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Letter from Renata Tebaldi

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This is an extract from Manuela Hoelterhoff's book "Cinderella and Company: Backstage with Cecilia Bartoli" (London: Chatto & Windus, 1998)

Though she wasn't expected for another half hour, the crowd had already swelled from a handful of early arrivals to several hundred huddling in the chilly underground passageway outside the drafty entrance to what the Metropolitan Opera calls Founders' Hall, though it is somewhat lacking in festive dimensions. Founders' Hall is where you catch pneumonia standing on long lines waiting to check your coat or buy a brownie during intermission.

Most were carrying shopping bags stuffed with old LPs and photographs. The age range seemed from around twelve to maybe one hundred. Finally, the limo arrived, half an hour late, but she's Italian, and cries of "Renata! Renata!" echoed through the corridor just like in the old days when Renata Tebaldi was queen of the Met.

Policemen extracted the mink-draped divinity from her car and led her into the hall, which has glass walls on the passageway. Worshippers pressed their noses to the cold glass to watch her maid of many decades relieve the diva of her coat and pocketbook. Slowly, she approached a table set up with flowers, Magic Markers, and copies of a new biography that had just been translated into English. Tebaldi: The Voice of an Angel is somewhat lacking in investigative vigor, as the title might suggest. The connoisseurs standing on line passed the rime pointing out mistakes in the captions ("That hairdo! Definitely from a later period"). But the pictures are great, the book had brought the seventy-three-year-old diva back to New York after nearly twenty years, and who could object to its question-and-answer section, which includes this heavenly exchange between writer and singer:

Question: "What physical discipline did you impose on your body? Posture? Thorns? Neck? Position of head?"

Answer: "A cardinal role of singing is an erect posture without rigidity for maximum use of the diaphragm..."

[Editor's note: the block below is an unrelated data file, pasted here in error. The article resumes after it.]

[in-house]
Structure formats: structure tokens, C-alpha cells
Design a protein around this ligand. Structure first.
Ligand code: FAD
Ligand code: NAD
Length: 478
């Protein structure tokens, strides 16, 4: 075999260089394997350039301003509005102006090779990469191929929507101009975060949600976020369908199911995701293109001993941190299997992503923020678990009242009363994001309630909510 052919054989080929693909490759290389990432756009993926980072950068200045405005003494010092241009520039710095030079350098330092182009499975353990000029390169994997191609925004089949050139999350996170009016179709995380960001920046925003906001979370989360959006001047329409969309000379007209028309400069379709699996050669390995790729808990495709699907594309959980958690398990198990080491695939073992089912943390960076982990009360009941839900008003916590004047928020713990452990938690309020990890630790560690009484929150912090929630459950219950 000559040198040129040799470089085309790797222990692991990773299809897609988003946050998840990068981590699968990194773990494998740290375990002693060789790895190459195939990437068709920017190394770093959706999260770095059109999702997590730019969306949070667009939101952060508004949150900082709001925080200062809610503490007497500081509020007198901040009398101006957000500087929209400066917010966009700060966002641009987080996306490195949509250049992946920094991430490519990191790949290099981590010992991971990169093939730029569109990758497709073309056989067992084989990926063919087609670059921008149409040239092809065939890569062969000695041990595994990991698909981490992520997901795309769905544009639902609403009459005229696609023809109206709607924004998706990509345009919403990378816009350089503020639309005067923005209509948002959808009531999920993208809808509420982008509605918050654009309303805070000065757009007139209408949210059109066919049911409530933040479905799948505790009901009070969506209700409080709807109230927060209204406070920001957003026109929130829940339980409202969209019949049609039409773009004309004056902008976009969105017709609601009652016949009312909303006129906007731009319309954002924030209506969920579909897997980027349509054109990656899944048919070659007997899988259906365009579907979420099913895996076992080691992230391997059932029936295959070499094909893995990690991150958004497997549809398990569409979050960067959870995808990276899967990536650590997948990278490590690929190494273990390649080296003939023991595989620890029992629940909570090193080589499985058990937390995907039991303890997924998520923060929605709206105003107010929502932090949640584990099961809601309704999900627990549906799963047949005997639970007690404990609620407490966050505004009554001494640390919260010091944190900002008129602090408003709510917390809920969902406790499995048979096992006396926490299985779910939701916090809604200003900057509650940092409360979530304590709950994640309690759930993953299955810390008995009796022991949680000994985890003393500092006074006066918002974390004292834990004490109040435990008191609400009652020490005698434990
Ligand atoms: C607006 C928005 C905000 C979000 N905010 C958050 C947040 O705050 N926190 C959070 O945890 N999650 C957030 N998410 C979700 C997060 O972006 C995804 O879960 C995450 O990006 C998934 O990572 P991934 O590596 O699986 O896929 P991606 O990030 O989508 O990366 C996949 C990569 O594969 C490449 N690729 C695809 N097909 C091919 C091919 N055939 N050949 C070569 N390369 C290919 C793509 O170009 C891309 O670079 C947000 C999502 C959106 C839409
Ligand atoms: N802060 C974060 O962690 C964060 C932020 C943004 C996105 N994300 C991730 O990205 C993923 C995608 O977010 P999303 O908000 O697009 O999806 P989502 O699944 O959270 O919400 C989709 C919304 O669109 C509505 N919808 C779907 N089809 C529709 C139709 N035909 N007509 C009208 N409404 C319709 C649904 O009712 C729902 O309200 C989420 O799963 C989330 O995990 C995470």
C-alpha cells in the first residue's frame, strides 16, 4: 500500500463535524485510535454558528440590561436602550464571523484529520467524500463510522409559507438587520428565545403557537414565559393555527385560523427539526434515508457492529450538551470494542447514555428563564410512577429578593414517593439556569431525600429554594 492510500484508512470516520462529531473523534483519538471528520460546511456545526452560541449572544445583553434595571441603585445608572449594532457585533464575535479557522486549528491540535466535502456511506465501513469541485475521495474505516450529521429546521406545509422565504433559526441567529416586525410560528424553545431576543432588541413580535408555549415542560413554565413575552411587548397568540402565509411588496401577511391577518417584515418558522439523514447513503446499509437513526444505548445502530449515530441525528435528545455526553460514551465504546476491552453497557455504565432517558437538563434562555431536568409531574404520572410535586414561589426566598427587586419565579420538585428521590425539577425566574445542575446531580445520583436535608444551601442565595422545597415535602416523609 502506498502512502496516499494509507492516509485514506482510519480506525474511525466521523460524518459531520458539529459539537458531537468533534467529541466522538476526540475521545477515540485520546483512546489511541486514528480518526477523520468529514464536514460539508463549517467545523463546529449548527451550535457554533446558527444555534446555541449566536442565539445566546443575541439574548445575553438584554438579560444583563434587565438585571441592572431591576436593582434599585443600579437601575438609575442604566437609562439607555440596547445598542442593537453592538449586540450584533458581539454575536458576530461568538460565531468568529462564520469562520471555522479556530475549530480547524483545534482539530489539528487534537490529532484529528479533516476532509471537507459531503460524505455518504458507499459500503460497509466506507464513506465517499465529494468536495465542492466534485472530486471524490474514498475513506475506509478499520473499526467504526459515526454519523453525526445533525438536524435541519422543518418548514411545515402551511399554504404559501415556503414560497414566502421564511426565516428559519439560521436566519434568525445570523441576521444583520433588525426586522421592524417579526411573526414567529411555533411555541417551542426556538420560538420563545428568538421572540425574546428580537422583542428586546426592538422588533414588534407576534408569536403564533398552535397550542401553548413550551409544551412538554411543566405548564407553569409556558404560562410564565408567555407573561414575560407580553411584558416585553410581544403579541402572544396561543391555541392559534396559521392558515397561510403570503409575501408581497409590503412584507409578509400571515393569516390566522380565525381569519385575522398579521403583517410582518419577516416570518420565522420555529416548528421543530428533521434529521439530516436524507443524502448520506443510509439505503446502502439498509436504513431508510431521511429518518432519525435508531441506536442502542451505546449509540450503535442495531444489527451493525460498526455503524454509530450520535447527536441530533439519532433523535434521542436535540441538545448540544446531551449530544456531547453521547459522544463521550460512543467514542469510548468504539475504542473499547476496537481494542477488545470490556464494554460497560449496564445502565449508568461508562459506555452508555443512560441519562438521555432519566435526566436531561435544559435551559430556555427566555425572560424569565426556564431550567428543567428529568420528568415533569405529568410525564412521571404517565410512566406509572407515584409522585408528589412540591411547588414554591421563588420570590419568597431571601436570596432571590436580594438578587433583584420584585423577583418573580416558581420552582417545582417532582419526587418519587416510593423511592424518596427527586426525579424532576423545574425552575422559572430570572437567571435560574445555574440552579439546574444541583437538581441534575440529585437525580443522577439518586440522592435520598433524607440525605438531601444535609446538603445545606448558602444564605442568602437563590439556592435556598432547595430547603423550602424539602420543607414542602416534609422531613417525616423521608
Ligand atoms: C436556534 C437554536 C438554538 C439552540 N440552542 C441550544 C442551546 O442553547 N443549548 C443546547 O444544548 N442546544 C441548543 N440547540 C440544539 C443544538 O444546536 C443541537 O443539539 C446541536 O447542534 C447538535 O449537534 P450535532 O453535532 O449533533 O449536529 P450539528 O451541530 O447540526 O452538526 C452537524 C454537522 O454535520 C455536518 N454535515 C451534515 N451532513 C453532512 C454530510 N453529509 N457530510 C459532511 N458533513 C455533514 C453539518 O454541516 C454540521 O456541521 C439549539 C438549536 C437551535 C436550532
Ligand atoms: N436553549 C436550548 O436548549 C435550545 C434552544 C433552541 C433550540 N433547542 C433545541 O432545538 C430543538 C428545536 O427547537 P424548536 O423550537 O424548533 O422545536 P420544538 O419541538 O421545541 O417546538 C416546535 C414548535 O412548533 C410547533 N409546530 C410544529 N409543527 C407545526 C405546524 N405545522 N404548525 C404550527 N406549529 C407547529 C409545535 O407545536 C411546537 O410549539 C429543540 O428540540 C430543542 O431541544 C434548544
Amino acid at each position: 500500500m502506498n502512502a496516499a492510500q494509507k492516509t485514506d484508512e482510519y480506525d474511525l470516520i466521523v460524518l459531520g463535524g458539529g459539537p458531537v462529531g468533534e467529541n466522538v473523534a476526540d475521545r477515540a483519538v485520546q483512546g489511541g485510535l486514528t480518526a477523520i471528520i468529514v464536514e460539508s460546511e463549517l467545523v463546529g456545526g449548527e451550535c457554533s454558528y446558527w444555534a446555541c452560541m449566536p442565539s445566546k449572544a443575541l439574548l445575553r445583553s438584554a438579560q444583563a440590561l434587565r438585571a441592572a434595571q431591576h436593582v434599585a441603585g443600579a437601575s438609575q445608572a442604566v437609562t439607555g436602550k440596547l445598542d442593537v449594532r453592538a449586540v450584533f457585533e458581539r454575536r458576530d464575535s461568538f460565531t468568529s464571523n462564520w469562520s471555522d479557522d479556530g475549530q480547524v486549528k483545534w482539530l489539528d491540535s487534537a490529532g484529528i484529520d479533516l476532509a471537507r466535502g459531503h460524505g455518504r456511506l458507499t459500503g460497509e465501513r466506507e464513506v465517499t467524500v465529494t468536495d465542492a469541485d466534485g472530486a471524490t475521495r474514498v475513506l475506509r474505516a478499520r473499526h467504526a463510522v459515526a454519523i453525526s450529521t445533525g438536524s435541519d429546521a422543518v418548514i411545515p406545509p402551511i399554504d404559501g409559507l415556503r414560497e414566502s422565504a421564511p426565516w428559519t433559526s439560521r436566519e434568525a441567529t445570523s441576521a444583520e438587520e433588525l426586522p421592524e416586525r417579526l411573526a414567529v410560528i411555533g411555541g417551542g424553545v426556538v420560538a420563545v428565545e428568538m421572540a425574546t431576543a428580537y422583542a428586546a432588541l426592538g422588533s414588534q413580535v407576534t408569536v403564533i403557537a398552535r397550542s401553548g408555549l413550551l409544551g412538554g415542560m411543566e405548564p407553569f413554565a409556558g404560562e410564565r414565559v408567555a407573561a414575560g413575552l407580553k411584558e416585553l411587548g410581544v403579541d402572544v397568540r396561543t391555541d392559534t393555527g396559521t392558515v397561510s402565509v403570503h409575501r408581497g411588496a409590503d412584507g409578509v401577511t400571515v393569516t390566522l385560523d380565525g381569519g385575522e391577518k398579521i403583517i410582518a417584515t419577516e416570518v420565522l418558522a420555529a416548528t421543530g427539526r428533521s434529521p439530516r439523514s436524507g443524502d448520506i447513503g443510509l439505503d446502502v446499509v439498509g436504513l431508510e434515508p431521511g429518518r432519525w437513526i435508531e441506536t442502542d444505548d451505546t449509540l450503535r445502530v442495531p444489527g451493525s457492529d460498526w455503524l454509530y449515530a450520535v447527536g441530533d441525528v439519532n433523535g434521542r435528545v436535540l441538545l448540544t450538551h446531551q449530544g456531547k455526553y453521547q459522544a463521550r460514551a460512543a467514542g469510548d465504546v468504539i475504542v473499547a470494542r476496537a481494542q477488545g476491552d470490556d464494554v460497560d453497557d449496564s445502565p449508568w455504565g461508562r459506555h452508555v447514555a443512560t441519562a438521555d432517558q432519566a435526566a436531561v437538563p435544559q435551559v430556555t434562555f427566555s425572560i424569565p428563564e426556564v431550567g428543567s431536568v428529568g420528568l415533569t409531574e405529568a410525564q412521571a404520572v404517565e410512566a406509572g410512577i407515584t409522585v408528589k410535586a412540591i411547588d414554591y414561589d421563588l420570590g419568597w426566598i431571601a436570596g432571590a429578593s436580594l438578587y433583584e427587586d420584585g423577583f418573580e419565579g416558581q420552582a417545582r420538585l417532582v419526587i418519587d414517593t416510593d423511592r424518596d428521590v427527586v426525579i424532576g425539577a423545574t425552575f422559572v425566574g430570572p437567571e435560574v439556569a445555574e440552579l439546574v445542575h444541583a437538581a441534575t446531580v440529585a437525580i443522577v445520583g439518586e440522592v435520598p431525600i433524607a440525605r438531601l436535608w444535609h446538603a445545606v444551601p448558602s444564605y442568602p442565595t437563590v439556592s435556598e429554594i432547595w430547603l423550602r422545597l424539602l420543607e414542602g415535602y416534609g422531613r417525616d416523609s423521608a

Watching her sign away, happy memories were mine. In the mid-1960s, when I was very young and she was already legendary, Renata Tebaldi was opera incarnate. She was approachable yet mysterious, classy and charmingly corny. I first heard her name from a school friend's mother, who worshipped Ayn Rand and made me read The Fountainhead for its inspirational story of a master architect who refused to be bound by the pedestrian rules of little people. Mrs. Kubovsky who came from the Old World like my parents, and who was possibly even more eccentric, knew a lot about classical music. One day the told me there was a singer at the Met who built empires out of sound. This soprano was so spellbinding she transformed the ordinary notes available to everybody into the stuff of memory. Her name was Renata Tebaldi and she came from Milan. My mother, already horrified that a thirteen-year-old was reading libertarian propaganda that seemed unpleasantly reminiscent of Ubermensch theories she had barely survived, only slowly came around to the notion of taking me to the Met, and finally got us tickets to Aida. But when I looked at my program, Tebaldi was not listed. I was astonished and upset. I thought Tebaldi sang every night, like in a Broadway musical. I extracted from my mother a highlights album with a glamorously glowering Tebaldi in an off-the-shoulder green gown (and I had thought opera singers were tubs of lard!) and a promise to return. To this day I can remember the strange excitement that came over me as a tall, aristocratic woman with a radiant smile, a walking staff, and a long train swept into the church of Sant'Andrea della Valle looking for her painter boyfriend. "Mario, Mario!" she called, but it might as well have been my name. Nutty Mrs. K had been right. As Tosca's lush music swirled up from the darkly glistening immensity of the stage, I was swept away into a world of mystery and poetry so different from my everyday existence in blue-collar suburbia I could not bear to leave. And I suppose I never did.